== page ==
Skip to main content

Ken Kennedy academic records

Identifier: MS 0206
Finding aid note: Stored off-site at the Library Service Center. Please request this material via or call 713-348-2586.

Scope and Contents

This material reflects the multifacted career of computer science pioneer Ken Kennedy, of Rice University. It includes correspondence, notes, reports, research materials, drafts of papers and presentations, meeting minutes, publications, appointment books, awards and more. The materials document Kennedy's work with various centers such as Center for Research on Parallel Computing, committees he served on, the Rice Computational Science Depart, his teaching career, research, publications and awards.


  • Creation: 1967 - 2007

Conditions Governing Access

Stored off-site at the Library Service Center. Please request this material via or call 713-348-2586.

Access Restrictions

This material is open for research.

Use Restrictions

Permission to publish from the Ken Kennedy academic records, MS 206, must be obtained from the Woodson Research Center, Fondren Library, Rice University.

Biographical Sketch

Ken Kennedy attended Rice University, receiving a B.A. in mathematics (summa cum laude) in 1967. He pursued graduate studies at New York University, where he earned a M.S. in mathematics in 1969 and a Ph.D. in computer science in 1971. He returned to Rice University in 1971 to join the faculty of the Mathematical Sciences Department, rising to the rank of professor in 1980. He founded the Rice Computer Science Department in 1984 and served as its chair until 1988. He was named the Noah Harding Professor of Computer Science in 1985. In 1997, he became the first John and Ann Doerr Professor of Computational Engineering and, in 2002, he was promoted to University Professor. From 1997 to 1999, he served as Co-chair of the President's Information Technology Advisory Committee (PITAC) .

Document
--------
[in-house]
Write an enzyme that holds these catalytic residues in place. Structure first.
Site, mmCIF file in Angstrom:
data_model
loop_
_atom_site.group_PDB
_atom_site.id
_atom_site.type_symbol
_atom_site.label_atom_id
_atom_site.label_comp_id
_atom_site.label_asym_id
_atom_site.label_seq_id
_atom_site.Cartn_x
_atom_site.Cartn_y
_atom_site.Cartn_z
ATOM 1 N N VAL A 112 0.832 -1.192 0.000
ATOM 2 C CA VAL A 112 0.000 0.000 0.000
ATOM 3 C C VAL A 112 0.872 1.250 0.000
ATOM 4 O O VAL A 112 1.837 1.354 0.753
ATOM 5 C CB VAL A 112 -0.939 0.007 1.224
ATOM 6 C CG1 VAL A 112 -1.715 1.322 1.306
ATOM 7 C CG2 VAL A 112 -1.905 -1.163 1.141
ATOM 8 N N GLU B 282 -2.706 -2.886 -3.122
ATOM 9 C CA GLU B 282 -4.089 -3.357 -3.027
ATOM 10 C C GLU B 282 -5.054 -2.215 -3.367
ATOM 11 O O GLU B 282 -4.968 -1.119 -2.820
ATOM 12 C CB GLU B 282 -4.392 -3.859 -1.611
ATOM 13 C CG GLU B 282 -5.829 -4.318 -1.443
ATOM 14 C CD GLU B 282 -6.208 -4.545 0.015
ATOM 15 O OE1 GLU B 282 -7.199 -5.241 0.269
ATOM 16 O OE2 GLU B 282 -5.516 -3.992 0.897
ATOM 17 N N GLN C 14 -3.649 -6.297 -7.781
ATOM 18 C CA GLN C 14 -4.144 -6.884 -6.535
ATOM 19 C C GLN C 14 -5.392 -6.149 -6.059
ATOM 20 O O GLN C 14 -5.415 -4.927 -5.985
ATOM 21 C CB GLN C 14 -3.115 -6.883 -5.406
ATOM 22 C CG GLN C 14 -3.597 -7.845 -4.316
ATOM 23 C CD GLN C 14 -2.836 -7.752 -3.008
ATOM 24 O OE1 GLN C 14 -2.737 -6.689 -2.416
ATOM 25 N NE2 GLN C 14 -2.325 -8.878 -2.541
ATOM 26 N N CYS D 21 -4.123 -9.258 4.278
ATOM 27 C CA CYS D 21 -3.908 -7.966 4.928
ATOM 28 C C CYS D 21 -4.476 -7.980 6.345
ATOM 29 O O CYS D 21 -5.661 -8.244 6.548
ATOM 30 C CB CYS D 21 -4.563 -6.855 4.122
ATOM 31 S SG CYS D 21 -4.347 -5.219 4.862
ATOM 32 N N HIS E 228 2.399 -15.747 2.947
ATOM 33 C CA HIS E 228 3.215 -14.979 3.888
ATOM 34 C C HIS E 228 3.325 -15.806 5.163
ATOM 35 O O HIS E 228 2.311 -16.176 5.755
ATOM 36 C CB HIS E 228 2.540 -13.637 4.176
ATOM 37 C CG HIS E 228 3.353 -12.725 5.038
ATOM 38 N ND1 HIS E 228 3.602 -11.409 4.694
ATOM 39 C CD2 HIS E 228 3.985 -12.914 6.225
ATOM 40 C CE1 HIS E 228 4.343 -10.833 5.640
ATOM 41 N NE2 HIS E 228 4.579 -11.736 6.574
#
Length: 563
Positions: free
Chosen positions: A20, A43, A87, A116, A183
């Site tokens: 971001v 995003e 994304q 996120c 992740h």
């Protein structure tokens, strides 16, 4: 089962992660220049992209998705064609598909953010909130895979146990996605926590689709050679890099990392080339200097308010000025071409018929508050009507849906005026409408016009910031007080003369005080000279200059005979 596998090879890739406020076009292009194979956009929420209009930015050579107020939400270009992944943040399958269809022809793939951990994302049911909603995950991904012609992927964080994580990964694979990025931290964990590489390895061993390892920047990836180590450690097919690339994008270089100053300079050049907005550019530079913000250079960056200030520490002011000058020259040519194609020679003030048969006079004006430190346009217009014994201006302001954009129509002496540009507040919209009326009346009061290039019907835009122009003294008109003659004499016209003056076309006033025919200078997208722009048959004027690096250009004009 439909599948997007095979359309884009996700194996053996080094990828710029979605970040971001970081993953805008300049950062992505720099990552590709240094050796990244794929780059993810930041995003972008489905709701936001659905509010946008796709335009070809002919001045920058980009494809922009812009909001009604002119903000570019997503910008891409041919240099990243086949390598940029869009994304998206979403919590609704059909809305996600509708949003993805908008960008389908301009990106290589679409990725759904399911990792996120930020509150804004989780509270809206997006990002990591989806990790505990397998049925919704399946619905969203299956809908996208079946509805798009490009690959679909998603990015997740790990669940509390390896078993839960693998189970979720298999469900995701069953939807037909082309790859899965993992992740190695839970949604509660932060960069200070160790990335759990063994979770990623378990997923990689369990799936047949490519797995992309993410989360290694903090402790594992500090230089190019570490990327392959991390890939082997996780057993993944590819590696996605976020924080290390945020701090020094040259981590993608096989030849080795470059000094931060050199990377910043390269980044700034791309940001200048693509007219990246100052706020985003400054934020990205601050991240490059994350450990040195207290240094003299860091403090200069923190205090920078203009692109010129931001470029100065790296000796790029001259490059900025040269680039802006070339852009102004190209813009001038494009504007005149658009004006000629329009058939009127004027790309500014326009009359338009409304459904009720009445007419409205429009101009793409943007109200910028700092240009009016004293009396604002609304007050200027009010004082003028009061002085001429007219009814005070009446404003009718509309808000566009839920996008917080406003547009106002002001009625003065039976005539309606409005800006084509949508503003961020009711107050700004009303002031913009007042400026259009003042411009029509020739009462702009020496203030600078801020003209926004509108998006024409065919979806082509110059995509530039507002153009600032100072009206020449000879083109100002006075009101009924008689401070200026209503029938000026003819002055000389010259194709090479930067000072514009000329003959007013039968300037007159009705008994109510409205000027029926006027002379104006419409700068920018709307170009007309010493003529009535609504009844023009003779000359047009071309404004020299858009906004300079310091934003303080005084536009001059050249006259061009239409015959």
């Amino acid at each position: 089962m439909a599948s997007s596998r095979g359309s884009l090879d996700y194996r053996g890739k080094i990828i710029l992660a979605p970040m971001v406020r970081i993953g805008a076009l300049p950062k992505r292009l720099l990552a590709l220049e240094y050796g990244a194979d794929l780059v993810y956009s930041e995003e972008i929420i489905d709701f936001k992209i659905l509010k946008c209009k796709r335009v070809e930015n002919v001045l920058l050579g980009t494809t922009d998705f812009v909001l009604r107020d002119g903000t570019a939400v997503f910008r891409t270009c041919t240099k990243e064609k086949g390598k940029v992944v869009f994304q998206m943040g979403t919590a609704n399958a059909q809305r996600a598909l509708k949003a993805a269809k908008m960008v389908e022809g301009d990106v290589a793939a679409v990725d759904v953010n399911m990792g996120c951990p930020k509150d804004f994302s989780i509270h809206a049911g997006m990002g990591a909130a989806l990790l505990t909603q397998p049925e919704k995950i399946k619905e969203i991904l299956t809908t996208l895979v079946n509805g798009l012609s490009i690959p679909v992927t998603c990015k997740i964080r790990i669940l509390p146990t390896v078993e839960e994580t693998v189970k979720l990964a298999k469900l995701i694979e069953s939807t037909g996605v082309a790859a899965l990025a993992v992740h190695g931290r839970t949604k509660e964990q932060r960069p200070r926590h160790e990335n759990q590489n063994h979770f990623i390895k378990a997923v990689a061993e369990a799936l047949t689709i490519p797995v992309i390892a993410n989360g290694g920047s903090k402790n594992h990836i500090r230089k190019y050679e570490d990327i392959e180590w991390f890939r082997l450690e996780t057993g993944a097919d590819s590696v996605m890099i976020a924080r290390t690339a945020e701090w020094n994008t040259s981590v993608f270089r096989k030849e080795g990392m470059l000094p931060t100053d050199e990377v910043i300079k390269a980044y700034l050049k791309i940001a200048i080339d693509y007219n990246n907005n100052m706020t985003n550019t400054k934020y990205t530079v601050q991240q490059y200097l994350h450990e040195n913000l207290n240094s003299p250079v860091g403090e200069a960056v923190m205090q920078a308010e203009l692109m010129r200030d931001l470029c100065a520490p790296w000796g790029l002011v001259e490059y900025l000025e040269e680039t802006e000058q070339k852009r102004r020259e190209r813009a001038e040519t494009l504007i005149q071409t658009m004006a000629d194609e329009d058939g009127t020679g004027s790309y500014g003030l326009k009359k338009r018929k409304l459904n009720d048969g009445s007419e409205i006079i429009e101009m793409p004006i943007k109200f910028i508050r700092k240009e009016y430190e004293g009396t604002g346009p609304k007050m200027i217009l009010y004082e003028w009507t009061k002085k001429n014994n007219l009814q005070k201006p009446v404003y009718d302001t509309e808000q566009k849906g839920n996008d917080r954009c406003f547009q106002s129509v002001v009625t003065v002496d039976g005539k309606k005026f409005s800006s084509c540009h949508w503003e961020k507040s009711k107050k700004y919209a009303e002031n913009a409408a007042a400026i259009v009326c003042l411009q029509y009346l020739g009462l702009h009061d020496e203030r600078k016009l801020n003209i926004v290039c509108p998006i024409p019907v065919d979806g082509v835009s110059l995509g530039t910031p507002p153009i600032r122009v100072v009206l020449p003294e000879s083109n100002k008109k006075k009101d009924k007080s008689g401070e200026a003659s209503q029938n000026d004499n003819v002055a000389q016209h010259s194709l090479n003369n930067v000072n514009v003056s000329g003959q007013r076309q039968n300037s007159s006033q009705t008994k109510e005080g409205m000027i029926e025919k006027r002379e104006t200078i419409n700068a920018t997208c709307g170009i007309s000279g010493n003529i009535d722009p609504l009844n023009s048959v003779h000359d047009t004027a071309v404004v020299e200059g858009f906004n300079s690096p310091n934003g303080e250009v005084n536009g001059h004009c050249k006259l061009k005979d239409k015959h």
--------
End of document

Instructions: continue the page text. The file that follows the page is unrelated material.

Professor Kennedy founded the Rice Computer and Information Technology Institute in 1987 and served as its first chair. In 1989, he established the Center for Research on Parallel Computation (CRPC), a NSF Science and Technology Center, and directed it throughout its lifetime. He directed the NSF-supported Virtual Grid Application Development Software (VGrADS) Project, a collaborative seven-institution research effort focused on application development support for computational grids. He was also the project director of the academic partner contract for the Los Alamos Computer Science Institute (LACSI), which is headquartered at Los Alamos National Laboratory. He directed or co-directed four ongoing multi-institutional consortia: the Los Alamos Computer Science Institute (LACSI); the NSF-sponsored Virtual Grid Application Development System (VGrADS) project; the Gulf Coast Center for Computational Cancer Research (GC4R); and the Houston BioGrid consortium.

Kennedy's research interests included parallel computing in science and engineering, scientific programming environments, and optimization of compiled code. His last work fell into four main project areas: the Telescoping Languages Project; the Grid Application Development Programming Tools effort; research on Compilers and Tools for Scalable Scientific Computing; and the Massively Scalar Compiler Project. He published two books and over two hundred technical articles on programming support software for high-performance computer systems. Over his career, he supervised thirty-eight Ph.D. dissertations and he directed the construction of several substantial software systems for programming parallel computers, including an automatic vectorizer for Fortran 77, an integrated scientific programming environment, compilers for Fortran 90 and High Performance Fortran, and a compilation system for domain languages based on Matlab.